Of course, the slow part isn't necessarily a problem. In fact, it's a benefit. Bend is also a town that's perfect for cycling, be it for transport or recreation. It's also incredibly walkable and family friendly with myriad restaurants, breweries, parks and other recreation options that you don't necessarily need a car to reach. Much like Carmel, Bend has seen a reduction in crashes and a dramatic reduction in crash-related injuries, both due to the inherent design of a roundabout and speed. At one intersection, at Reed Market Road and 15th Street on the city's west side, there were 26 crash-related injuries and 65 crashes in general five years prior to the roundabout being installed; it dropped to eight and 16 in the five years thereafter.

"Consider the typical accident that could occur at a roundabout," city engineer Oster told Bend Magazine. "It happens between a vehicle already in the roundabout driving at a lower speed, sideswiping a vehicle trying to enter the roundabout. Due to the angles in the roundabout, a more severe head-on or T-collision rarely occurs. ... In a traditional intersection, it’s not unusual to see a more severe, high-speed collision.” 

I negotiated several of those 42 roundabouts by car, bike and as pedestrian last week (I decided against the roller cross-country skis I spotted on a paved trail in town). Admittedly, it takes a bit more concentration on the part of pedestrians, as there's no orange hand/walking man light to tell you when to go. You have to use your own judgment. Fancy that. Of course, it helps that Oregon law requires drivers to stop for pedestrians and that Oregonians are very good about doing so at crosswalks, with those in Bend even better about it. By contrast, in the sleepy Los Angeles suburb where I live, home to only 19,000, drivers blow right on past children and mothers in baby carriages dutifully waiting to cross. That probably speaks more to people in Southern California being jerks, but that's a whole other article.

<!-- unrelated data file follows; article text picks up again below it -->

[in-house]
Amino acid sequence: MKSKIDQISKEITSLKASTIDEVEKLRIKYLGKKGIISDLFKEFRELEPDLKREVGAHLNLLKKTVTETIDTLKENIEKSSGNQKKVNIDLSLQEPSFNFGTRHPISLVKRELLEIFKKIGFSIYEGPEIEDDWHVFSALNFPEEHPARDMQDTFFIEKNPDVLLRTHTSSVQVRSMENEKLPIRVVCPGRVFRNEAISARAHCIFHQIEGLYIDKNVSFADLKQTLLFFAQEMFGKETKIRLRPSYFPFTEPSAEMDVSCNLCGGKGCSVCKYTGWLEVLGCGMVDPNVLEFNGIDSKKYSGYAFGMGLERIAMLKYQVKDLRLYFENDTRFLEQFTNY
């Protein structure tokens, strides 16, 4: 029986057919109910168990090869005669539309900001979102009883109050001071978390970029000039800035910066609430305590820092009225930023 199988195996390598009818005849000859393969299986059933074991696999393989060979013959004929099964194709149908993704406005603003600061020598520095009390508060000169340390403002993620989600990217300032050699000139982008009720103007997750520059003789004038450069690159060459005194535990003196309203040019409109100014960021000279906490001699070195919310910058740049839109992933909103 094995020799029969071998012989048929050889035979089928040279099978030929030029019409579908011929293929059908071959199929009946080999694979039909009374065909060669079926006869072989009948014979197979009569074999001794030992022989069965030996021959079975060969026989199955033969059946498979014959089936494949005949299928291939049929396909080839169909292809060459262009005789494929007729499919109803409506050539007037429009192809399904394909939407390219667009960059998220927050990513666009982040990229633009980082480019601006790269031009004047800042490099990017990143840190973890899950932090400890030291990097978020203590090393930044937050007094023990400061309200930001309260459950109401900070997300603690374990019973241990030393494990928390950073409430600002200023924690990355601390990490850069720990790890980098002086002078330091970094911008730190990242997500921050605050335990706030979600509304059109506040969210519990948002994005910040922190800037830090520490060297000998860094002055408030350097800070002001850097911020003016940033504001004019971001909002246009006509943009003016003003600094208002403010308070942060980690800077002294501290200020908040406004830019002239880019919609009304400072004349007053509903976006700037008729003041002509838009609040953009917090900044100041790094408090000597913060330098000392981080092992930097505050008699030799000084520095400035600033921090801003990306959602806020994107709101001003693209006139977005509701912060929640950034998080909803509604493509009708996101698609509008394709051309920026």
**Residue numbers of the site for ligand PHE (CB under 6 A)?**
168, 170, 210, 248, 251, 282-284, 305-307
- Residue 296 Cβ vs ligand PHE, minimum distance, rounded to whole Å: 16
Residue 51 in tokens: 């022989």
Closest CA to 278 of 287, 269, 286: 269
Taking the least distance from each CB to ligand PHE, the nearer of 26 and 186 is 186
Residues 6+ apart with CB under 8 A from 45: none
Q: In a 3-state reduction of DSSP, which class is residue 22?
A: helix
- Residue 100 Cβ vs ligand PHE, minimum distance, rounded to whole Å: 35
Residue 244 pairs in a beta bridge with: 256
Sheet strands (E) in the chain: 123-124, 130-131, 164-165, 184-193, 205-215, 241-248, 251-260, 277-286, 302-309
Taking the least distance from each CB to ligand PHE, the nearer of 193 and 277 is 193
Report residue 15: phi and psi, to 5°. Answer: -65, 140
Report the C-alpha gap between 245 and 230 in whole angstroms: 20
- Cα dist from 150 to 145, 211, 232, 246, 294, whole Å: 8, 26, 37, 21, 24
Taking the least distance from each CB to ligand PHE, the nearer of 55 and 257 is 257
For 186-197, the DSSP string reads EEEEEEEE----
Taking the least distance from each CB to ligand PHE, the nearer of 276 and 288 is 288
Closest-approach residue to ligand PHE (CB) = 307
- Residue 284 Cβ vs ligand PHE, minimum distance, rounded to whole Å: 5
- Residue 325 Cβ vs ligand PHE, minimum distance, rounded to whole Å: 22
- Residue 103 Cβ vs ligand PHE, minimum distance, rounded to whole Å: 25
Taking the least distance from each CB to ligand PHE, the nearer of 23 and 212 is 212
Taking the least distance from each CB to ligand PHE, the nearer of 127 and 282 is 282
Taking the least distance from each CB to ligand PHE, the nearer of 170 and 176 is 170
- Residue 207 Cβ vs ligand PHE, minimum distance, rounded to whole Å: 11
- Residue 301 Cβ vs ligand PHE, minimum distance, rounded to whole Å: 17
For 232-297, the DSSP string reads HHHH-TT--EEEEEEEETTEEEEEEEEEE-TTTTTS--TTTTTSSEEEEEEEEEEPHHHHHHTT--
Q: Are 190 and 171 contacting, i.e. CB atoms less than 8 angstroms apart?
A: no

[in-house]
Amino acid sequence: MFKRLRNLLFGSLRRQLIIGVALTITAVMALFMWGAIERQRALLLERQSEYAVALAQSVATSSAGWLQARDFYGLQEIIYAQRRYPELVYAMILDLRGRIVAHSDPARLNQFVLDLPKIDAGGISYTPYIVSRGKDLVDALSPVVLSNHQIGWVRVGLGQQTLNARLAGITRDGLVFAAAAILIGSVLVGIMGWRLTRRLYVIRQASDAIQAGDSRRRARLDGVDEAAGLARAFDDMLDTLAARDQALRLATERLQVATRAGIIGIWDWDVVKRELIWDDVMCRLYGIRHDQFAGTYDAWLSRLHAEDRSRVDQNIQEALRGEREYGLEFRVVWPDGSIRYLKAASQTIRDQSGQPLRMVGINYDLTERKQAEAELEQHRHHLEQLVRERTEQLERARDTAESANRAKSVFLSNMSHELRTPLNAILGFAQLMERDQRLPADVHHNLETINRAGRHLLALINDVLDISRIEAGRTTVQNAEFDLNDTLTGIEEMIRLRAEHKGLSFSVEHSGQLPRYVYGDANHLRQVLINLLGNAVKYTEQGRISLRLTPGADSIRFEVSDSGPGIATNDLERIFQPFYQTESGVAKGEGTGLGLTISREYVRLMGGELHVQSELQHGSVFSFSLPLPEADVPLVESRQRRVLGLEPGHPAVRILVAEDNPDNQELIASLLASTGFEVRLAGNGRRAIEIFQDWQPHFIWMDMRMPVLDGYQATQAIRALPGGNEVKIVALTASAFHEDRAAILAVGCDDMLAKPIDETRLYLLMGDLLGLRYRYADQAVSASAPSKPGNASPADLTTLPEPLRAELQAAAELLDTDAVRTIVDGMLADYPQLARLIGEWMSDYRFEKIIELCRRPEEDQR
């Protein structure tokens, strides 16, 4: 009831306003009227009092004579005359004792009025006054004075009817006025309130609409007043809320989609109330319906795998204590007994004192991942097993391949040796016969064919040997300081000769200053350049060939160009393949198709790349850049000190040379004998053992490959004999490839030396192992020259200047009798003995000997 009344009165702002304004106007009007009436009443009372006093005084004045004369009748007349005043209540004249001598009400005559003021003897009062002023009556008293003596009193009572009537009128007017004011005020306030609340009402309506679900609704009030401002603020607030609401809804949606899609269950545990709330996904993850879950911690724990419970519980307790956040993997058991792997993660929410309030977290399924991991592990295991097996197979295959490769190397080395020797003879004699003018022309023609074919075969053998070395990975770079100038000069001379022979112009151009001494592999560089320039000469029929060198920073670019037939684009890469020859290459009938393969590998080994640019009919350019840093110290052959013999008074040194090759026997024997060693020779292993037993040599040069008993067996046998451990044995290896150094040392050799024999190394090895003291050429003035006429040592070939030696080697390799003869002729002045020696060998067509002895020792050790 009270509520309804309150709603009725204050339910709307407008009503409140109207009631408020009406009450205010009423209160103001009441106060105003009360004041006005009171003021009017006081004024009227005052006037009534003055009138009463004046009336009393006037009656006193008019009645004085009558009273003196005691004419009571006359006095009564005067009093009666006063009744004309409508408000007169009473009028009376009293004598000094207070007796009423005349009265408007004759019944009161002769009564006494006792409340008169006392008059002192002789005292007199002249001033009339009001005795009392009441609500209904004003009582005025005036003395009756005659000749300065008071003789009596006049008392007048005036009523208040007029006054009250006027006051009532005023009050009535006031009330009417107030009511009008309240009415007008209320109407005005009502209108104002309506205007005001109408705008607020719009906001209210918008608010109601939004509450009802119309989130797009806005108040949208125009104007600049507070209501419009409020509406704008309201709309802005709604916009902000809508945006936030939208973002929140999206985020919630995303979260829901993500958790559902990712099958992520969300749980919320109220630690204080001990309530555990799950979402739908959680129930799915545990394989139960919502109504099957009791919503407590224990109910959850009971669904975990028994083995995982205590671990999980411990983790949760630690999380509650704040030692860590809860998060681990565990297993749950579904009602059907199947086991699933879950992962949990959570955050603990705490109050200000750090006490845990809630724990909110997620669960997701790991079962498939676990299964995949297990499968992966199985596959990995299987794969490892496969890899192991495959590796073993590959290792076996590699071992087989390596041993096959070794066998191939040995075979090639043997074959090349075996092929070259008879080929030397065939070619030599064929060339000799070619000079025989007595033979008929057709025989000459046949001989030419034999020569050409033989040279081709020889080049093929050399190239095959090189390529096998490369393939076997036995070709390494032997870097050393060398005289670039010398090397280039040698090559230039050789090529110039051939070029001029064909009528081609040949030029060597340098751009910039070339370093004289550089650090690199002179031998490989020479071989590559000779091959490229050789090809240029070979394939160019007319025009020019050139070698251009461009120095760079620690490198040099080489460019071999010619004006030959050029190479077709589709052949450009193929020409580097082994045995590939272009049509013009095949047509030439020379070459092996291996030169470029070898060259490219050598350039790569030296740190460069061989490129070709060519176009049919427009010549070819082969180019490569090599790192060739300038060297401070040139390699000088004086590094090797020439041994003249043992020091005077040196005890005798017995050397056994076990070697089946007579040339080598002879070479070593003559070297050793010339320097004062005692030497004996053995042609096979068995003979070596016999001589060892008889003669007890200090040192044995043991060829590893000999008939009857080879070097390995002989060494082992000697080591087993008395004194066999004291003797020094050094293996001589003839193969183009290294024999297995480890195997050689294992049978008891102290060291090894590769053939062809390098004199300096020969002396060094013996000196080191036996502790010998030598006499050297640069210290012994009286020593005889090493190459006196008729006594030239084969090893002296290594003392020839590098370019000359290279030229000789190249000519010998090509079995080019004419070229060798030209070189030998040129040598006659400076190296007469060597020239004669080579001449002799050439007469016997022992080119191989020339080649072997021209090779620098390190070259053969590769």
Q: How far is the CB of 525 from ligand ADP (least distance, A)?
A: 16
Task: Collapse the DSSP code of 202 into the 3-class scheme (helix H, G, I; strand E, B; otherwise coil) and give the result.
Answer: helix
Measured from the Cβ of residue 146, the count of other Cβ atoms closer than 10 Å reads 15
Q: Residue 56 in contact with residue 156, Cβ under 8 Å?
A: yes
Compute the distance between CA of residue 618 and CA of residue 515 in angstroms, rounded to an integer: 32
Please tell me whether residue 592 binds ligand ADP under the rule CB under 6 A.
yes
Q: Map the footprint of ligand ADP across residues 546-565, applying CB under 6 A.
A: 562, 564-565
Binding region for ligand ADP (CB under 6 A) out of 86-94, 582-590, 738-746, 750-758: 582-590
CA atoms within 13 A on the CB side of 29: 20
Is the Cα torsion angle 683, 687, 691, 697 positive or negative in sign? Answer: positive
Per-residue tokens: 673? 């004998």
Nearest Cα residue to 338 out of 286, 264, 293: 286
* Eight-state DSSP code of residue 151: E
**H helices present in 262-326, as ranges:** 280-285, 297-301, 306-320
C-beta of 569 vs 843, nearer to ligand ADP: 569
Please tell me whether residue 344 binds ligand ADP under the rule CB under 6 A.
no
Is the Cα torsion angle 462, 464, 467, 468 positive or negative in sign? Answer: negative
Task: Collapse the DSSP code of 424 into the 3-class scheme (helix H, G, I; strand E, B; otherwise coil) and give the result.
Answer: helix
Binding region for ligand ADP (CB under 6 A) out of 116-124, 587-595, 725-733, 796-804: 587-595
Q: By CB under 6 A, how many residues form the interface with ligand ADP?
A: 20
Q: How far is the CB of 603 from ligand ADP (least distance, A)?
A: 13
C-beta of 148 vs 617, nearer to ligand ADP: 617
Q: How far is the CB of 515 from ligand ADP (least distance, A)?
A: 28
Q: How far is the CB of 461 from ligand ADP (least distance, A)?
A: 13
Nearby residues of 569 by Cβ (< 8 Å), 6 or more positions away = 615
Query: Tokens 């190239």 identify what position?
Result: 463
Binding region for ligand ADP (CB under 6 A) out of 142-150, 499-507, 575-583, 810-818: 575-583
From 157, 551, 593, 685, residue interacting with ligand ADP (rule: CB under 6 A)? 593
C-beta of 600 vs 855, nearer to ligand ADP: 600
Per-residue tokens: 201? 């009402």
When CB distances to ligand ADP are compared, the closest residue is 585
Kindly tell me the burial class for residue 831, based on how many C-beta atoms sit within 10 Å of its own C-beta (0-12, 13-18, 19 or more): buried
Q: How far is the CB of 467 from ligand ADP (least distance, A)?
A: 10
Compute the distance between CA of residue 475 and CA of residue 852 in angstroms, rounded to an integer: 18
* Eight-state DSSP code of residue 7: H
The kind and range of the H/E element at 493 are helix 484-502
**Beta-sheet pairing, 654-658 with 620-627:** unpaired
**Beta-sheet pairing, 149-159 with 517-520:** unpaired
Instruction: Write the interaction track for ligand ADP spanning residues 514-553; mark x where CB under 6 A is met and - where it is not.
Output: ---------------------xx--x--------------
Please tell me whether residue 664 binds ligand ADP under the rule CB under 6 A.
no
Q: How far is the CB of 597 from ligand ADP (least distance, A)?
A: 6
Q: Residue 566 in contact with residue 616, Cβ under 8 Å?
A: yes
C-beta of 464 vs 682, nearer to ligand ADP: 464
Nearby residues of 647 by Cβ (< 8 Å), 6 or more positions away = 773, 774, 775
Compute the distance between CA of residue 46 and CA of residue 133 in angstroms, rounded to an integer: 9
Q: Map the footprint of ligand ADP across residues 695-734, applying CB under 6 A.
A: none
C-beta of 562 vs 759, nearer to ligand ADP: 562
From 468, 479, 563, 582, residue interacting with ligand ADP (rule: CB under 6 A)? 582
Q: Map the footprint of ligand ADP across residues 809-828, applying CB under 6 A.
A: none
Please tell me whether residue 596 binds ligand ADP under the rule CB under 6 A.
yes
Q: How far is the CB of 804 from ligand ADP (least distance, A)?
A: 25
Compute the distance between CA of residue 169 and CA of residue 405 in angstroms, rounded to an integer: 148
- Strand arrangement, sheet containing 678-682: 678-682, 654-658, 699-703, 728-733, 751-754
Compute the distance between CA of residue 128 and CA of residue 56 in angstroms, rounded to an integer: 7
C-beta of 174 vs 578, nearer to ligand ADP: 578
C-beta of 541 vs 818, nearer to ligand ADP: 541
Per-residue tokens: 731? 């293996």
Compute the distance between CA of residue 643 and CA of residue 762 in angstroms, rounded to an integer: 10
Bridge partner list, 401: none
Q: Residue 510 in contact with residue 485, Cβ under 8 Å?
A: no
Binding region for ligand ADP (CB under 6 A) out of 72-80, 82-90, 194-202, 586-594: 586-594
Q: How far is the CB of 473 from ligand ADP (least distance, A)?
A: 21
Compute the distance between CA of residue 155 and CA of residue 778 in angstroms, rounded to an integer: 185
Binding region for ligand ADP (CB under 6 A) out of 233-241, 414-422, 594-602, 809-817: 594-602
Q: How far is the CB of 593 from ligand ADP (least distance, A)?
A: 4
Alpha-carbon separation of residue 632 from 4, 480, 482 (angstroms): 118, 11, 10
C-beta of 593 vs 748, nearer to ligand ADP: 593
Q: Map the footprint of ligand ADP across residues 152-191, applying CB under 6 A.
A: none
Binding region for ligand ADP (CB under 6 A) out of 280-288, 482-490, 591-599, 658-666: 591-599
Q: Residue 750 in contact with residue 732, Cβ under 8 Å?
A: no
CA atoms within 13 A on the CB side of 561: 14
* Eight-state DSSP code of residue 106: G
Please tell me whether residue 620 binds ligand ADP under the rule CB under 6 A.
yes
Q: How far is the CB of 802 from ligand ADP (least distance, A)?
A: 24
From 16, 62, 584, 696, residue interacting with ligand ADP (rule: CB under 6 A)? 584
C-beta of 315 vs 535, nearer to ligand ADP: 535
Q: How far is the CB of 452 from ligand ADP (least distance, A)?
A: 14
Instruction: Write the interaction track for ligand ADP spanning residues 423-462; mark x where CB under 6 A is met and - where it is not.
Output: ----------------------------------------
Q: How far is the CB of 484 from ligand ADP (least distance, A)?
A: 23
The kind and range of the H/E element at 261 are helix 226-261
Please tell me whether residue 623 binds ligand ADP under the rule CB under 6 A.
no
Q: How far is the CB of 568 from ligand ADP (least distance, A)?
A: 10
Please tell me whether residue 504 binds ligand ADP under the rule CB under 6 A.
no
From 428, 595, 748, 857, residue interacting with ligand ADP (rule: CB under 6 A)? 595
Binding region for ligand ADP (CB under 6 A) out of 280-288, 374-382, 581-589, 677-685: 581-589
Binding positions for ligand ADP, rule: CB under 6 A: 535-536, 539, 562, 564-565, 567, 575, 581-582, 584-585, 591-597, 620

As an added bonus, Bend has taken to installing greenery and sculpture in the centers of roundabouts. Largely the result of an organization called Art in Public Places, the pieces are eclectic, though my personal favorite is the towering, multi-pronged pinwheels of kayaks inside Riverbend Park, one of several points where you can easily drop a kayak, paddleboard or inner tube into the Deschutes River. The Bend tourism board even created a self-guided tour brochure devoted to more than 20 of the roundabout sculptures.

I mean, sure beats more concrete. Ultimately, though, if there's one thing I hate in life, it's sitting around waiting. And that's exactly what you do at a traffic light. If there's another thing, it's stop-and-go traffic. And that's what you get with a stop sign. Roundabouts keep things inching along at the very least, which is a subtle difference, but a beautiful one. For traffic flow, for your insanity, and for something I haven't even touched on yet, fuel economy and vehicle emissions. The more you need to accelerate from a complete stop, the worse it is for the environment.

Of course, there's also less opportunity to roast your tires and show that Raptor in the next lane over who's boss. But if driving is your thing, and I mean you're reading Autoblog so duh, roundabouts offer more than enough dynamic joy to make up for it. When traffic is light, roundabouts provide a delightful opportunity to fling your car through a municipally sanctioned chicane and/or carousel! I mean, I'm not encouraging you to do a big, smokey drift around the roundabout at Century and Washington in Bend (I did just extol the safety virtues of the things after all), but there's just something so pleasurable about that quick flick right, flick left of going "straight" in narrow roundabouts, or doing a full 360 orbit just because you can. Having something with either a lot of suspension travel (such as the Lexus GX 550 I had last week, story on that to come) or not so much of it tends to make the experience particularly satisfying. Either way, sure beats a stop light. Just make sure to signal on your way out.